Mexican-American boy singing National Anthem at NBA finals attacked online

Kansas City StarJune 13, 2013 

We bet little 11-year-old Sebastien De La Cruz’s family was so proud of him Tuesday night as he sang the National Anthem before game 3 of the NBA finals in San Antonio.

And then, unbelievable ugliness spewed forth on Twitter as he sang.

Racist, unbelievable ugliness such as these comments:

“What’s up with this little Mexican kid singin the anthem at the heat game?” Jack Wadden @wadden23.

“Who dat lil #Wetback sangin the national anthem at the #Heat game????” TJ THA DJ @Tj_THA_Dj.

“9 out of 10 chance that kid singing the national anthem is illegal.” Domenic DeGregorio @UncleD37.

“Is this the American National Anthem or the Mexican Hat Dance? Get this lil kid out of here.” Steven David @A1R_STEVEN.

“One of the Three Amigas child singing the National Anthem Julie! Lol” Silky Johnson @Roger4Mayor.

“You really had a Mexican sing the national anthem? Go to hell San Antonio.” Blake Jackson Warner @Uncle_Rico25.

But the real joke?

This Twitter hashtag: #GoHome.

To which we say: #TryAgain.

Because little Sebastien – hailed as “the boy with the golden voice” last year when he competed on “America’s Got Talent” – lives in San Antonio.

It’s not like he messed up the song, either. That's pretty amazing, considering that he was reportedly a last-minute replacement for former Hootie & the Blowfish front man Darius Rucker.

So what was it? The mariachi costume?

“The kid was fantastic,” Chase Hoffberger on DailyDot.com reported. “A few minutes before tipoff, he walked out onto the court in full mariachi get-up and sang ‘The Star-Spangled Banner’ with so much strength that you could fully believe in the American dream.

“The kid was dynamic. He was theatrical as it gets. He hit all the high notes. He stayed long on the low notes.”

Sebastien heard about the Twitter attacks. But the fifth-grader took a mature-beyond-his-age high road. On his own Twitter account, @selcharrodeoro, he wrote: “Please do not pay attention to the negative people. I am an American living the American Dream. This is part of the American life.”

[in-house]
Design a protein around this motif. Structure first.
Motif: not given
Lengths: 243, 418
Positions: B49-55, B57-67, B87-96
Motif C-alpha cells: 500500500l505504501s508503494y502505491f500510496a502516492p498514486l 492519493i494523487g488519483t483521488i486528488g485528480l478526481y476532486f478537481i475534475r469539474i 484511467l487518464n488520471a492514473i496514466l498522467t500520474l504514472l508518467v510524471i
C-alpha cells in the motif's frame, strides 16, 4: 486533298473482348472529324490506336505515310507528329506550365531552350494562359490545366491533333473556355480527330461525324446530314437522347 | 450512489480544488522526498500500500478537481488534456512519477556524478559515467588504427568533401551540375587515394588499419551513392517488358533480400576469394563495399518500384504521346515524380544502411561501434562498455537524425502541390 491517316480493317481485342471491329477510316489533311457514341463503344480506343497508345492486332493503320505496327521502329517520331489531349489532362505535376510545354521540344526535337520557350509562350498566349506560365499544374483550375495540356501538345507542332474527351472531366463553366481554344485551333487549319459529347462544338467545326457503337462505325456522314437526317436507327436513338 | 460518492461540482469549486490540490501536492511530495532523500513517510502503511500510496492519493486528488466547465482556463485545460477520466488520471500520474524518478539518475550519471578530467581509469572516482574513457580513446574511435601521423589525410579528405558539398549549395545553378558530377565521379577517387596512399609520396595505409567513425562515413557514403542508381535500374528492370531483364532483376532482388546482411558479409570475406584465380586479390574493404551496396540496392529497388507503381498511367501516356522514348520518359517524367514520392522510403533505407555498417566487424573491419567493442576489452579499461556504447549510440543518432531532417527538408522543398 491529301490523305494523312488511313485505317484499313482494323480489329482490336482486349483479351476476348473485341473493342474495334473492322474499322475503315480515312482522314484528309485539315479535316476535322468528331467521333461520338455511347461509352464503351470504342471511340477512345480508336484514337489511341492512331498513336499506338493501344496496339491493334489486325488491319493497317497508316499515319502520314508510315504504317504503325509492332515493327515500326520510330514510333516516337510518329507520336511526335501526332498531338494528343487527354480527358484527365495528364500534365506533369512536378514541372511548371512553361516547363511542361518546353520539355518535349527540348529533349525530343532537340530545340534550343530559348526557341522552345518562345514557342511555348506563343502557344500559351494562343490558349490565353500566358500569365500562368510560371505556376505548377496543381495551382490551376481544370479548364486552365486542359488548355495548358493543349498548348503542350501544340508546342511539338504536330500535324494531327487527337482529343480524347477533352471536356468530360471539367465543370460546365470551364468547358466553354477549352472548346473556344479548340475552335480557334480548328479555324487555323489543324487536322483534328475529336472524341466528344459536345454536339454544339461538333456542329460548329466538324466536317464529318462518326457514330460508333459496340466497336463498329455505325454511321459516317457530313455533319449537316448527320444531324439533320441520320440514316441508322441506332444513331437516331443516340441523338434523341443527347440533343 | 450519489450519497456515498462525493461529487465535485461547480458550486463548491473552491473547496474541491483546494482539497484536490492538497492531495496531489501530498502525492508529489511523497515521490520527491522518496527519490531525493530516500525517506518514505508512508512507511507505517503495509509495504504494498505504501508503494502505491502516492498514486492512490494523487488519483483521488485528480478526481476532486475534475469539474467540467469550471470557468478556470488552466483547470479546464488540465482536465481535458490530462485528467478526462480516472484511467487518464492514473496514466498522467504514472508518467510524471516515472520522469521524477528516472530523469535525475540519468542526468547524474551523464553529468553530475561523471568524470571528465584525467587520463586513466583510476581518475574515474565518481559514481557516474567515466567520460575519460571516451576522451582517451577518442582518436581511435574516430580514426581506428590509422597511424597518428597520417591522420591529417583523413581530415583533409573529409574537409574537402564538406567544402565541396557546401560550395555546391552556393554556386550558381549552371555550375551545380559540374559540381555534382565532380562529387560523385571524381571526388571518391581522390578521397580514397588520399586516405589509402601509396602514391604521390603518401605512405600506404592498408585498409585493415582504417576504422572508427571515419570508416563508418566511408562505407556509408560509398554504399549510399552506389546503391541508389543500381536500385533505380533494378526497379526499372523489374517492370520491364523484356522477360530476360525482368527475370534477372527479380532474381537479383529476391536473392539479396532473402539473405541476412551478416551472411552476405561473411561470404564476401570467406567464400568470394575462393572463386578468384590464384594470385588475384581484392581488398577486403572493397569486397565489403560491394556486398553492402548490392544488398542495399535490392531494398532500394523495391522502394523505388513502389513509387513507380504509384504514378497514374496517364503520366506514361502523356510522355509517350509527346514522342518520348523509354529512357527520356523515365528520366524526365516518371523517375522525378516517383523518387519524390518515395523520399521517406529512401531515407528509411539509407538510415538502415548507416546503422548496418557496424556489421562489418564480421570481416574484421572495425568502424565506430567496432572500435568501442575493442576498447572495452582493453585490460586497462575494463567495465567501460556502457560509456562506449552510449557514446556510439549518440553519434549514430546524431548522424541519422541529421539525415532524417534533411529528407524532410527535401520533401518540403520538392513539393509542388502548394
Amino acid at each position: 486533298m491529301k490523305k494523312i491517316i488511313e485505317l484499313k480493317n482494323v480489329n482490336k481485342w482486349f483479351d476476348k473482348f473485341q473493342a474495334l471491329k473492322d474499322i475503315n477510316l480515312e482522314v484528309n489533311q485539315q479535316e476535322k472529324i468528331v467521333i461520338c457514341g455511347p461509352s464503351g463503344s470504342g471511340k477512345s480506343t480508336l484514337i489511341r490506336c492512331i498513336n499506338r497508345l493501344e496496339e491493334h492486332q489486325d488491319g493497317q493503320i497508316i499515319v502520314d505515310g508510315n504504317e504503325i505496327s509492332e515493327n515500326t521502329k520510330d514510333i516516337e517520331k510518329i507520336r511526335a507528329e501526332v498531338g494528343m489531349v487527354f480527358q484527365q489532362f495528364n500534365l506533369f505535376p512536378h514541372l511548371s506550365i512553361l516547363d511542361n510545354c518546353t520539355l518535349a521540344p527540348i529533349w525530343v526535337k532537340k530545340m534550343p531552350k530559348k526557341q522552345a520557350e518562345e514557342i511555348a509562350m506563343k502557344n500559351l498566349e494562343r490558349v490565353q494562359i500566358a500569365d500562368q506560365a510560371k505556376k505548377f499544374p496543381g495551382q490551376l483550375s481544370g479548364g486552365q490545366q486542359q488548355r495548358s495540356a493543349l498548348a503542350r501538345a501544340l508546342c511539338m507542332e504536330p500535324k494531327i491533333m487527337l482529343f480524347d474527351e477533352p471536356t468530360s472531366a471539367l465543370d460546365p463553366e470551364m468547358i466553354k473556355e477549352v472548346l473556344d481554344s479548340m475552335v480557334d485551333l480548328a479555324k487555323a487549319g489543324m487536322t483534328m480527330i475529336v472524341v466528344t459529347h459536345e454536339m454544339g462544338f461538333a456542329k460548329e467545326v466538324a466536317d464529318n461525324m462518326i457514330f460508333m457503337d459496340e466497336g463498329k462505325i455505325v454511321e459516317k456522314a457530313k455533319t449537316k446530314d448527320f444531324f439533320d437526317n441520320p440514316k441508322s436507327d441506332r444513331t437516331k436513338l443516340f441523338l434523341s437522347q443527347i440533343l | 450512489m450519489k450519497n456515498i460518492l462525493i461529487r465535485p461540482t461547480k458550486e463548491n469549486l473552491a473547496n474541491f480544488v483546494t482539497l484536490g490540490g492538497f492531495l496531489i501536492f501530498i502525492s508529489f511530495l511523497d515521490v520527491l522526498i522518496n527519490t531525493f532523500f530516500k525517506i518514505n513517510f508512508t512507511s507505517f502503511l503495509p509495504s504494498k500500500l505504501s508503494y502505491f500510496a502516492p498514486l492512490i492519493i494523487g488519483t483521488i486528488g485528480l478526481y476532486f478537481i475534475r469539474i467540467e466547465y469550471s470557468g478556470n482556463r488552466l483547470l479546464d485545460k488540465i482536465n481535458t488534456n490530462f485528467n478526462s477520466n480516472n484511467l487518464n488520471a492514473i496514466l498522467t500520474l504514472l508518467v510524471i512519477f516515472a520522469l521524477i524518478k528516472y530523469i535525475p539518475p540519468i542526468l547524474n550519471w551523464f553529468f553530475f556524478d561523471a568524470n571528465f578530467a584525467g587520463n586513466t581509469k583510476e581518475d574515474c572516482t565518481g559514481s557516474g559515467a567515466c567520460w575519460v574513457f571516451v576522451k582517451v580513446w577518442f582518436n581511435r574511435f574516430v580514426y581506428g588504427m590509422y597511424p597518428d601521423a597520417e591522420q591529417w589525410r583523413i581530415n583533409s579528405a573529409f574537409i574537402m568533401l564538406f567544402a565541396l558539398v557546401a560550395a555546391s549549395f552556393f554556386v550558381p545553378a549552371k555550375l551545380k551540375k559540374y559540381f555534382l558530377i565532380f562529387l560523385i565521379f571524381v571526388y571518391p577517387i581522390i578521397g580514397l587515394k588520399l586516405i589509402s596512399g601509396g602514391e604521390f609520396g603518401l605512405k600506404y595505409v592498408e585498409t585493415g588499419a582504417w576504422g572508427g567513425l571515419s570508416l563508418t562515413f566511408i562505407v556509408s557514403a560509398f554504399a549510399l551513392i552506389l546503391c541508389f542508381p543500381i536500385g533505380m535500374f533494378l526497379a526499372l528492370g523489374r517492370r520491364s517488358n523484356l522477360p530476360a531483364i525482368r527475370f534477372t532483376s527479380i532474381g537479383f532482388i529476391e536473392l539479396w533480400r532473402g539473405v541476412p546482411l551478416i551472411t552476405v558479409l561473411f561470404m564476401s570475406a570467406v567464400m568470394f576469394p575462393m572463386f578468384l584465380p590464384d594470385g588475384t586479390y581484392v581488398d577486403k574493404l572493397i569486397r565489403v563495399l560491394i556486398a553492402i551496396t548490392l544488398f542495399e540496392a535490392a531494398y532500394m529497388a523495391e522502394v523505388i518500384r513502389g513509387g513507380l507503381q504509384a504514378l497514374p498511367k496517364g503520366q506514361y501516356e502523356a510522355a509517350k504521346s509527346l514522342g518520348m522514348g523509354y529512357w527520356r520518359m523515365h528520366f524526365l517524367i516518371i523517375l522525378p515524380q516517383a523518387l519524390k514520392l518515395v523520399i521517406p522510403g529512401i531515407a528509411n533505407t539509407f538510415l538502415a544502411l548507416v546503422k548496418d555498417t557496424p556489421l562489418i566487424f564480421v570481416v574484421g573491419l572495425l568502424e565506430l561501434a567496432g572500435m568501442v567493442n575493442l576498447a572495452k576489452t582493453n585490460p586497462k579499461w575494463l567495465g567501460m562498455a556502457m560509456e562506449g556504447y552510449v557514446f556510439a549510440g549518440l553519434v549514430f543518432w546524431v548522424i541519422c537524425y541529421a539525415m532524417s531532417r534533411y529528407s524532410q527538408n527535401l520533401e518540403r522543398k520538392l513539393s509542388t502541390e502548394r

San Antonio's mayor, Julian Castro, was one of hundreds of people who offered the boy words of support, writing on his Facebook page: "Don't let a few negative voices get you down. You are a true talent and you represent the best of our nation's future!”

In an interview today, Sebastien said that people don't know his life. "My father was actually in the Navy for a pretty long time, and I actually salute him today for that and I just wanna thank him," he said. “People don't know, they just assume that I'm just a Mexican. But I'm not from Mexico, I’m from San Antonio born and raised, true San Antonio Spurs fan.”

Sebastien told his mom not to cry about what people had said about him, but to save her tears for joy when he sings.

“I'd rather shed more happy tears than sad tears,” said Stacy De La Cruz. “But I will say this: As a mom, a parent, I'm going to be overprotective. I'm going to look over my shoulder, over their shoulder. We have four children. I'm going to be looking over all of them. (But as for those negative) words, it's always that saying, 'Sticks and stones may break my bones but words will never hurt.'”

Who wants to bet the Spurs (or lots of other teams) invite Sebastien to sing again?

Here’s hoping.

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